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|Title:||Study of Polychlorinated Biphenyls as Potential Modifiers of Developmental Neurotoxicity of Methylmercury|
|Authors:||COCCINI Teresa; CASTOLDI Anna; RODA Elisa; SARIGIANNIS DIMOSTHENIS; MANZO Luigi|
|Citation:||FRESENIUS ENVIRONMENTAL BULLETIN vol. 17 no. 9b p. 1432-1438|
|Publisher:||PARLAR SCIENTIFIC PUBLICATIONS (P S P)|
|Type:||Articles in Journals|
|Abstract:||The developing brain is the most susceptible target for methylmercury (MeHg) toxicity. Typical features of developmental MeHg neurotoxicity include the delayed onset of symptoms and the persistency of dysfunction. One of the factors which may modulate MeHg neurotoxicity is co-exposure to other neurotoxic pollutant, e.g. polychlorinated biphenyls (PCBs) from the same dietary sources. Because PCBs themselves can induce subtle neurodevelopmental deficiencies, recent epidemiological and research studies have focused on the potential hazard resulting from mixtures of PCBs and MeHg. This work summarizes our experimental findings on several endpoints of the cholinergic and aminergic systems in the developing rat brain, following two distinct perinatal co-exposure protocols involving low to moderate doses of MeHg and PCB153 or PCB126. The neurochemical modifications induced by either agent, alone or combined, involved monoamineoxidase type-B activity, biogenic amine levels (e.g., serotonin and dopamine), total cholinergic muscarinic receptors (MRs) and M1, M2 and M3 subtypes. The effects were brain region-, age- and gender-dependent. Some early-onset changes (weaning) persisted until puberty, while other alterations became manifest only at the advanced time point, when the brain levels of Hg, PCB153, and PCB126 had declined. The results of the combined exposure ruled out synergistic interactions between MeHg and PCB153 or PCB126 on every neurochemical endpoint tested. This applied to all pups regardless of the (i) regimen of exposure, (ii) gender, (iii) age, and (iv) brain area. The co-treatment with either PCB153 or PCB126 sometimes masked MeHg-induced changes on selected neurochemical endpoints. Nevertheless, this cannot be viewed as a protective effect. The final health effect may be masked at early time-points, but may become manifest later during life time.|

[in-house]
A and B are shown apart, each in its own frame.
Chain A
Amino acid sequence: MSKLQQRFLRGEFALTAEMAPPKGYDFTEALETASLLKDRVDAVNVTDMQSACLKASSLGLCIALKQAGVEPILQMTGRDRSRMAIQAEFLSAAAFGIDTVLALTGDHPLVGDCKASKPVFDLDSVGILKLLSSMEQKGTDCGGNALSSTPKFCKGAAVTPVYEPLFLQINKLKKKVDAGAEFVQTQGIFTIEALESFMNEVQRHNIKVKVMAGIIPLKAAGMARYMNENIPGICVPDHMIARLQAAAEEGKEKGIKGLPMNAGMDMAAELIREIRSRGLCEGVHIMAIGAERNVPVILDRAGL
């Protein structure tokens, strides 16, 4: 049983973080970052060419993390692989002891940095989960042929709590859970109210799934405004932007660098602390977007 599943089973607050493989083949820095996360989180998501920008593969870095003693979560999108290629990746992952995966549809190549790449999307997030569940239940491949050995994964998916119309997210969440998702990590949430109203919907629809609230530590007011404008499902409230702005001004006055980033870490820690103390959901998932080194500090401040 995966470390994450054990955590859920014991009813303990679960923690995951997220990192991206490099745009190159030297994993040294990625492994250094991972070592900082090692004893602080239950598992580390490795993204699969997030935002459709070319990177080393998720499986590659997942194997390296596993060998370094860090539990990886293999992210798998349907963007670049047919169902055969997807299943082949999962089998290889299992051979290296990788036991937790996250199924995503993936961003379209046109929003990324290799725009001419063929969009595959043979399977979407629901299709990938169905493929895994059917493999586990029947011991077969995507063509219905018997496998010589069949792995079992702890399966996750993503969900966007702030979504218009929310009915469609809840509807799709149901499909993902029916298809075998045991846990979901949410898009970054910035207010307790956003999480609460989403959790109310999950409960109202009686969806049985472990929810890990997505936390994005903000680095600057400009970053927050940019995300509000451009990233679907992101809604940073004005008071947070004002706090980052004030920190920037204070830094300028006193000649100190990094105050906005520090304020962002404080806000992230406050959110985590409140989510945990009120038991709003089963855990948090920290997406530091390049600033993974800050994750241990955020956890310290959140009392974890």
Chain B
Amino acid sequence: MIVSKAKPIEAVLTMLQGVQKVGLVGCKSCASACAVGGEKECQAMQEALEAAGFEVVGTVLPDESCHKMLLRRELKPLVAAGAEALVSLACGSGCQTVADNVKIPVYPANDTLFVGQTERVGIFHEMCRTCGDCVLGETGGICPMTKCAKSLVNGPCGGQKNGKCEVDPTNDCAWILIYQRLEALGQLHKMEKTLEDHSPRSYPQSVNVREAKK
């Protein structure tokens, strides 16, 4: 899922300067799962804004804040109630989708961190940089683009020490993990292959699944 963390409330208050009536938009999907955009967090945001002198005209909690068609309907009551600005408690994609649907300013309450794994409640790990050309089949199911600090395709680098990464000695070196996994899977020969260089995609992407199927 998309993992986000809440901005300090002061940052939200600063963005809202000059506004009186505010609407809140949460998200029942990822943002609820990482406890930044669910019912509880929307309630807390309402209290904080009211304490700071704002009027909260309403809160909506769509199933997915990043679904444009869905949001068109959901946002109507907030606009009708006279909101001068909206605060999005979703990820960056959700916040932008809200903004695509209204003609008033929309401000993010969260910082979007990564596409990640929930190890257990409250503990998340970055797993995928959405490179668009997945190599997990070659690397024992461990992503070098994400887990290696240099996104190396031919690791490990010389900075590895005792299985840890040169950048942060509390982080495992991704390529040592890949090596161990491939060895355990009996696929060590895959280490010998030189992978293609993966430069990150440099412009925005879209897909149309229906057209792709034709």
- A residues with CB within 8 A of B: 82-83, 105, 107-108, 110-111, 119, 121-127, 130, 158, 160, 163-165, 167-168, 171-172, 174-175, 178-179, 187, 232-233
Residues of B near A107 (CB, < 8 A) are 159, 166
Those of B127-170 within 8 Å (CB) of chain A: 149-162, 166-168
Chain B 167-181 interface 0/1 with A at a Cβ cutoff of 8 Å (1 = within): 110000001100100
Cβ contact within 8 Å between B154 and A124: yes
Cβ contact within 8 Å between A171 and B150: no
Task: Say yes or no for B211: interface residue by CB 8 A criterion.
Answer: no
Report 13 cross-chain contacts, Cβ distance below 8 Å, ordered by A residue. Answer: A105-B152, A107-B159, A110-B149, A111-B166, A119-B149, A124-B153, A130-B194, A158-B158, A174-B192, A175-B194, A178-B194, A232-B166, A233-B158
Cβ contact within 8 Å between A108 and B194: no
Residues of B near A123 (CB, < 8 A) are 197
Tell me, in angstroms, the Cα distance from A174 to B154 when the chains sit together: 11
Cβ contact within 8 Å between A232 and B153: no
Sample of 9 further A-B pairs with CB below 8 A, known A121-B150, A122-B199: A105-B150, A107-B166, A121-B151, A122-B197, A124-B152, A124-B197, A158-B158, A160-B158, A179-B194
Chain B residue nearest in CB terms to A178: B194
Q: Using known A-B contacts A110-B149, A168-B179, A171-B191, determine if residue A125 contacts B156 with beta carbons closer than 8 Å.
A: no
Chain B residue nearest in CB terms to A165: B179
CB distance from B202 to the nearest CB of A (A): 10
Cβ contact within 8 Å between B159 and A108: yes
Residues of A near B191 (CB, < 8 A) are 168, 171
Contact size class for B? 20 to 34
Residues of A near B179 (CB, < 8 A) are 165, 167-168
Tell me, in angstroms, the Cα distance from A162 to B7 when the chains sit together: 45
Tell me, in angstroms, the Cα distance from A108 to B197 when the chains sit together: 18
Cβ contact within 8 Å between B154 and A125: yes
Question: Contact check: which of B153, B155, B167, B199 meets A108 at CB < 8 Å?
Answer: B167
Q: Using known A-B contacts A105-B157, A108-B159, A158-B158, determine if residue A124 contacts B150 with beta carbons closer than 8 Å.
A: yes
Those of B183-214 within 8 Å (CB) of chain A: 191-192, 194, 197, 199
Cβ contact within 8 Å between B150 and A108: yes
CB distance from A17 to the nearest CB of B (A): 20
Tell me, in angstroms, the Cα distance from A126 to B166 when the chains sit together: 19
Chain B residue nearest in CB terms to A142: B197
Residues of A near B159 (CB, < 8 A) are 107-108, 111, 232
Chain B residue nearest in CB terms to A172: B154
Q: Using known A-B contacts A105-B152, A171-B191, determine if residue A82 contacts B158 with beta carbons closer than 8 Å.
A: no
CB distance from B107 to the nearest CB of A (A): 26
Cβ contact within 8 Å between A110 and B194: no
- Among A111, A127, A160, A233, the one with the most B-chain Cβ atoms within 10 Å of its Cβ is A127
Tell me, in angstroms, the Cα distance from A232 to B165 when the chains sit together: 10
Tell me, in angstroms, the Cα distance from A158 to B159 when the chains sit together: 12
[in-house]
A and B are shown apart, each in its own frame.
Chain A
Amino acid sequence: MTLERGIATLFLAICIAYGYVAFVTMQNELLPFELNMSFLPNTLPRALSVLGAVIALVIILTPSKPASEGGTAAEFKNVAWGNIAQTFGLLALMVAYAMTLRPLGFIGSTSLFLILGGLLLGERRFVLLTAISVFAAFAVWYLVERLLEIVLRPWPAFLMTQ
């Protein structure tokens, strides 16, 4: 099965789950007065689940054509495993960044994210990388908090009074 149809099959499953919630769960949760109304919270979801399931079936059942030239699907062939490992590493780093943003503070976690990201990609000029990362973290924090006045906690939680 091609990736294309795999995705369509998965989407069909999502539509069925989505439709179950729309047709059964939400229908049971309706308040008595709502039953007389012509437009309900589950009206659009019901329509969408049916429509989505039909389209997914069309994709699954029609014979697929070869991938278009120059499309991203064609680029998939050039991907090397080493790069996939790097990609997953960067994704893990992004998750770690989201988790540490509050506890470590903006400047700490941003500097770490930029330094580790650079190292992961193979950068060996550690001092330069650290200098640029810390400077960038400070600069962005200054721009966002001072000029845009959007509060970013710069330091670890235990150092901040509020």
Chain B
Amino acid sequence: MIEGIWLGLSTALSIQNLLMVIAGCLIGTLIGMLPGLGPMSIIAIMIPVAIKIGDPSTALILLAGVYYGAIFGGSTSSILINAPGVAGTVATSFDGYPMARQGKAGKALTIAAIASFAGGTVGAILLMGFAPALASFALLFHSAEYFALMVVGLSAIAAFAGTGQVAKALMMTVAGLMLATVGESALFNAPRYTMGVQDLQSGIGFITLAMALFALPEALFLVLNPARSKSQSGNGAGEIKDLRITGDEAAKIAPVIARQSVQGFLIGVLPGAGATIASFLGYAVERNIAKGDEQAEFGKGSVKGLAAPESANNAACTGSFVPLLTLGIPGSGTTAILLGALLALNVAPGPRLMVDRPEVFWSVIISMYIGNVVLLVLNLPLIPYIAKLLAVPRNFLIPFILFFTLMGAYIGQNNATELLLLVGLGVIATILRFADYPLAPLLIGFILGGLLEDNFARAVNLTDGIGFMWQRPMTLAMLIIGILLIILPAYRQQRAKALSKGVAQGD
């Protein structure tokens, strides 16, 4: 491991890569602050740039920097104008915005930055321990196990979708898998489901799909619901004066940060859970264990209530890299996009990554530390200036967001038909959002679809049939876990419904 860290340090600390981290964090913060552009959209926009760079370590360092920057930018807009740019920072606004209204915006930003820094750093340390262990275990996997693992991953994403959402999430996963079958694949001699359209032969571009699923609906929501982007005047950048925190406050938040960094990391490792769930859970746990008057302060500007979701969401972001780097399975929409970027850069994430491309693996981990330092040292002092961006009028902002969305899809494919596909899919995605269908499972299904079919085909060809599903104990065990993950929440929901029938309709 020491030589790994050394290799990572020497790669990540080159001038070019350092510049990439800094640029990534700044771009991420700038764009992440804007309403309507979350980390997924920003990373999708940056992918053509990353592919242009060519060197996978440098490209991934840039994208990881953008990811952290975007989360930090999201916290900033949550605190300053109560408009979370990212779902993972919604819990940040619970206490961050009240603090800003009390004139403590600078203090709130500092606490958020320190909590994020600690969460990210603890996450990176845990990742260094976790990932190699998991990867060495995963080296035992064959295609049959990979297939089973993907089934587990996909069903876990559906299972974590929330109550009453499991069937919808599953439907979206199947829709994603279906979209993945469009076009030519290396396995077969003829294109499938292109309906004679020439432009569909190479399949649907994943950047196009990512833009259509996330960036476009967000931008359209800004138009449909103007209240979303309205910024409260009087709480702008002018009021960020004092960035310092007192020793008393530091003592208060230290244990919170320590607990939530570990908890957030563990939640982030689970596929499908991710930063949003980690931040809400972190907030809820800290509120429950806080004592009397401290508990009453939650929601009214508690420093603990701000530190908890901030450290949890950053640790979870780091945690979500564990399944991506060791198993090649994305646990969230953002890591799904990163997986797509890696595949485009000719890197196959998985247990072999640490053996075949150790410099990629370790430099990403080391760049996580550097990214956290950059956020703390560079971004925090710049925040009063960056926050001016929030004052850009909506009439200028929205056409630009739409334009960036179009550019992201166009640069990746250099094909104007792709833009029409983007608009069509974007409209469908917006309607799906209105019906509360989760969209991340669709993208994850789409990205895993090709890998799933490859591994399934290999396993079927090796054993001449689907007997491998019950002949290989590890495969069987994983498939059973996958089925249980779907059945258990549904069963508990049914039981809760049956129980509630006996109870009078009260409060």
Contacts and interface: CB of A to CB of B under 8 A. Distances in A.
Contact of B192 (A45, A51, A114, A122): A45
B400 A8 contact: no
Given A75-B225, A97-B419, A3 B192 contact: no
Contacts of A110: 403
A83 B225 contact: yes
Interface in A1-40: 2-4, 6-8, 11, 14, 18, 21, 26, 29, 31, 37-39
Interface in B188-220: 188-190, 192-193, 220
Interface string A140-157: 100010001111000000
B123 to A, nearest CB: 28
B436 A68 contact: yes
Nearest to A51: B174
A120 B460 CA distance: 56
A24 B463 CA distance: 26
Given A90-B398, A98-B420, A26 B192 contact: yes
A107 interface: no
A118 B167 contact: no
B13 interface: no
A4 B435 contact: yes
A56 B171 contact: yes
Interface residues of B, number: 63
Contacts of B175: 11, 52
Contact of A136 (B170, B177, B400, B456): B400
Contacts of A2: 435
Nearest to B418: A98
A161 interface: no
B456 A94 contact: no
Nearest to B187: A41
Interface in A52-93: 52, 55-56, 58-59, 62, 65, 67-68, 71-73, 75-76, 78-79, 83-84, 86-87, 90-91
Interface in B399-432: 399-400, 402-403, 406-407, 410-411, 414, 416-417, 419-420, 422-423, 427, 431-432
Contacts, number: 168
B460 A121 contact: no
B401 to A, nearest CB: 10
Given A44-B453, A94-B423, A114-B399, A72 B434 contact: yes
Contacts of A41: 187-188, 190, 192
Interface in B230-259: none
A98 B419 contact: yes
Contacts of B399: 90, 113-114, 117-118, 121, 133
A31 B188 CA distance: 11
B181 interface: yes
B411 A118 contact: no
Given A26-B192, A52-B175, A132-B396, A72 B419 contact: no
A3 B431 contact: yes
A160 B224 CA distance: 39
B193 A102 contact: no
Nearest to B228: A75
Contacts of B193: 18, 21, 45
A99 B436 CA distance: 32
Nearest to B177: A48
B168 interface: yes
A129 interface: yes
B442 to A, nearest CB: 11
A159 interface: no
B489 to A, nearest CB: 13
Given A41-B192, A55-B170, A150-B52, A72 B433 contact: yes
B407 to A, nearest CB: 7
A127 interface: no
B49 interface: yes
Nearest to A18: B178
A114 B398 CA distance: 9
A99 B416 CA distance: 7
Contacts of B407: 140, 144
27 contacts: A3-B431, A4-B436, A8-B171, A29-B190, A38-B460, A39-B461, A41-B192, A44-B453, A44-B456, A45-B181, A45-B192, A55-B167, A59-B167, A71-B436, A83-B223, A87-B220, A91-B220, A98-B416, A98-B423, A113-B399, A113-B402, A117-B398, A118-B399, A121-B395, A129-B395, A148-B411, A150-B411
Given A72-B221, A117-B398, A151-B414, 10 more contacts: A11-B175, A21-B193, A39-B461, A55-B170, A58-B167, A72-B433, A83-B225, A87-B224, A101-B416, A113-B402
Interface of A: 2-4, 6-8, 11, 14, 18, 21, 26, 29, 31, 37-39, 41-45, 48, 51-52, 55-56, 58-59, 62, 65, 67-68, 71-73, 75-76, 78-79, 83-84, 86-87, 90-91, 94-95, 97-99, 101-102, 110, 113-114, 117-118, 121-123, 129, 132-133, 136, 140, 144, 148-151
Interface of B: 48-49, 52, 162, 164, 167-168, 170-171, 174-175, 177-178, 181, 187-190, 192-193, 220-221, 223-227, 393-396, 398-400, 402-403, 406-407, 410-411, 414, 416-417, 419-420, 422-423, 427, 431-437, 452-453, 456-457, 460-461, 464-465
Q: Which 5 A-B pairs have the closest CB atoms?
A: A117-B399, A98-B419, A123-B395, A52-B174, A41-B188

|JRC Institute:||Institute for Health and Consumer Protection|
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